Like many others around the world, I attended “virtual church” this past Sunday, as I expect to do for some weeks to come. The church I attend has been livestreaming services for nearly a year, but with virtually (no pun intended) every faith community going online this week, the broadband network was, to use a Biblical term, heavy laden.
After a briefly rough tech start, the service proceeded amazingly smoothly. Until it didn’t. Smack in the middle of the pastor’s sermon, the broadcast was suddenly without form, and void; and darkness was upon the face of the screen.
The chat box lit up with kind and gentle feedback to the folks running the show, from a tech standpoint, and they replied that they were working on it. I know these people, a multigenerational group of skilled and experienced professionals, and I’m sure they were. I can just imagine them doing what I would have done, plugging and unplugging, booting and rebooting, in a feverish attempt to re-establish the connection.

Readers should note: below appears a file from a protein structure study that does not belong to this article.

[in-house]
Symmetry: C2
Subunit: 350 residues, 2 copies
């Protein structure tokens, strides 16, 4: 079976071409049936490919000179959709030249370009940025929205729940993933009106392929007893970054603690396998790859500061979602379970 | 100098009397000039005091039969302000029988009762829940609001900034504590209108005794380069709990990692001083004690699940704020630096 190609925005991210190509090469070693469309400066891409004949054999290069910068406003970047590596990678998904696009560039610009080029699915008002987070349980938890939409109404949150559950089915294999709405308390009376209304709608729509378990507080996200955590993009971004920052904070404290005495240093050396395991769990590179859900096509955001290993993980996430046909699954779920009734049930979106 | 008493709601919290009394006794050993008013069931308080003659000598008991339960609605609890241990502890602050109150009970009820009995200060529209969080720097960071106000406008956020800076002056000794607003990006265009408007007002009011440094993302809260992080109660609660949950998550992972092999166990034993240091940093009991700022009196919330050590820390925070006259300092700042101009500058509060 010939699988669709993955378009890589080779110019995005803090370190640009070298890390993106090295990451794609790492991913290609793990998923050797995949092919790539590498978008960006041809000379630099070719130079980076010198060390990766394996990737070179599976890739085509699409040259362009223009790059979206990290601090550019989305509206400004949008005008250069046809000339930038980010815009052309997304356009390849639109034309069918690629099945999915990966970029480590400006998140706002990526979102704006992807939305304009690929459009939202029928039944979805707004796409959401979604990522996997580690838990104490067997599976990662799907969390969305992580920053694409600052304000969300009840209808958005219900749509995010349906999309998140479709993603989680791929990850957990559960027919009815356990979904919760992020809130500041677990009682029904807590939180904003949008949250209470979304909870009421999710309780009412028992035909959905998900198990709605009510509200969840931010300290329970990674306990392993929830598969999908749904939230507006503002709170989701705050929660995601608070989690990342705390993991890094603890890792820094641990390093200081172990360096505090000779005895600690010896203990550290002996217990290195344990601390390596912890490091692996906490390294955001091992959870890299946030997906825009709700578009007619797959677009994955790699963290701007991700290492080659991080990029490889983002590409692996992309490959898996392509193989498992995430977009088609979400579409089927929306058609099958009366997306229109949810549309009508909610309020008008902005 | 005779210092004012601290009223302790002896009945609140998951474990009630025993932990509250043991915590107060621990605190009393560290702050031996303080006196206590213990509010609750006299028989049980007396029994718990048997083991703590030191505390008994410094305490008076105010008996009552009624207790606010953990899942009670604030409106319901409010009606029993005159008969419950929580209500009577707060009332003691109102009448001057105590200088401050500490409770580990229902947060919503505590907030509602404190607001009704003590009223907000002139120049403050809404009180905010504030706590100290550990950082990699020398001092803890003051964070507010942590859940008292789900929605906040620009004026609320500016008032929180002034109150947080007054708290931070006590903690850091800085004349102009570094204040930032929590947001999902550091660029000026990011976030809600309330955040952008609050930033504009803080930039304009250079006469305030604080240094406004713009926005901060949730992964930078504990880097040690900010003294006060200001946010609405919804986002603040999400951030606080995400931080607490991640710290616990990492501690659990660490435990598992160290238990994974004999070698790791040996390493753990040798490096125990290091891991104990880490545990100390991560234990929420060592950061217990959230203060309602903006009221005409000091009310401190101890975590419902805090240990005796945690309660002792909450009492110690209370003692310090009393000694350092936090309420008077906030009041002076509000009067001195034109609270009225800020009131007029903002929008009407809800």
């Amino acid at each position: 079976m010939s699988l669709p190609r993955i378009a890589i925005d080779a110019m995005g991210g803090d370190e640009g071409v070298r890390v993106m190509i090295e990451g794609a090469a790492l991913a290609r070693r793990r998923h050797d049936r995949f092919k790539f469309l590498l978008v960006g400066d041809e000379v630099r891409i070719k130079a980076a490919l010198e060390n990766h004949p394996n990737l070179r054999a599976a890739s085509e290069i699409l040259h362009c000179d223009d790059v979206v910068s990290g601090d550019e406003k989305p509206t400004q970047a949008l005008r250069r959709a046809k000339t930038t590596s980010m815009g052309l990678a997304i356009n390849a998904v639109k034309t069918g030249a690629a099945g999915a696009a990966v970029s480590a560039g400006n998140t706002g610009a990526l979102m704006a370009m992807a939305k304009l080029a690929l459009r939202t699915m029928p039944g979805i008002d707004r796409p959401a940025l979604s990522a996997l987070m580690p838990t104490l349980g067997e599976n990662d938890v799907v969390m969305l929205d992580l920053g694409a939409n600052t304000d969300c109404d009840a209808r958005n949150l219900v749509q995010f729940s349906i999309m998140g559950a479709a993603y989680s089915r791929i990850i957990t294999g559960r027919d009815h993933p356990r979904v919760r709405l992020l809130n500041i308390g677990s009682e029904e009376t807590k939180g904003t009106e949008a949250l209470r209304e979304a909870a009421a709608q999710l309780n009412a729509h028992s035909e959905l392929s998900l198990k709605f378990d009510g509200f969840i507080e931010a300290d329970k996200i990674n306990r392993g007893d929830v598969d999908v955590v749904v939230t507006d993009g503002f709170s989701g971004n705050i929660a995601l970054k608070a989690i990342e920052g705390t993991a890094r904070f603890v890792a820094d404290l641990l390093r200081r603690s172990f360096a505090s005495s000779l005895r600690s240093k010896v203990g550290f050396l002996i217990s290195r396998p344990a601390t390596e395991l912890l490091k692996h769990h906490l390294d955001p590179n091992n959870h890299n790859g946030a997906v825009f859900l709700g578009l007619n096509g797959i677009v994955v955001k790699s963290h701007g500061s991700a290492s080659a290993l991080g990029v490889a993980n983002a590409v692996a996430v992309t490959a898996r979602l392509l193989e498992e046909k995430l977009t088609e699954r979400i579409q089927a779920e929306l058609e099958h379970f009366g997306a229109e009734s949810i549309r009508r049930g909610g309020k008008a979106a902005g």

Within about five minutes, we were directed to switch to Facebook Live, where, with only slightly lower audio quality, all several hundred of us were able to rejoin the service.
Here’s what I later learned. While the tech team was trying what they knew should have worked, a college freshman who had been helping to lead the singing earlier in the service, pulled out her phone, and started broadcasting through Facebook (which we’re told, incorrectly, of course, that people her age don’t use anymore.)
Like airline passengers (remember the days…) reacting to an announcement that their departure gate had been changed, we all migrated, en masse, to the alternate platform. The Gen Z musician had enabled the Gen X pastor to deliver the message to Millennials, us Boomers, and everyone else, watching and sipping coffee at home. (I think I’m going to recommend that the coffee thing become an option once we all get back together in the same room.)
If you’ve followed this blog for any length of time, you’ll have read our encouragement, to workers of all ages, to stop whining about people who happen to have been born in a different decade from ourselves, and work hard to learn from one another.
We’ve never needed each other more. I, for one, plan to start listening more, sharing more, and judging less. Will you join me?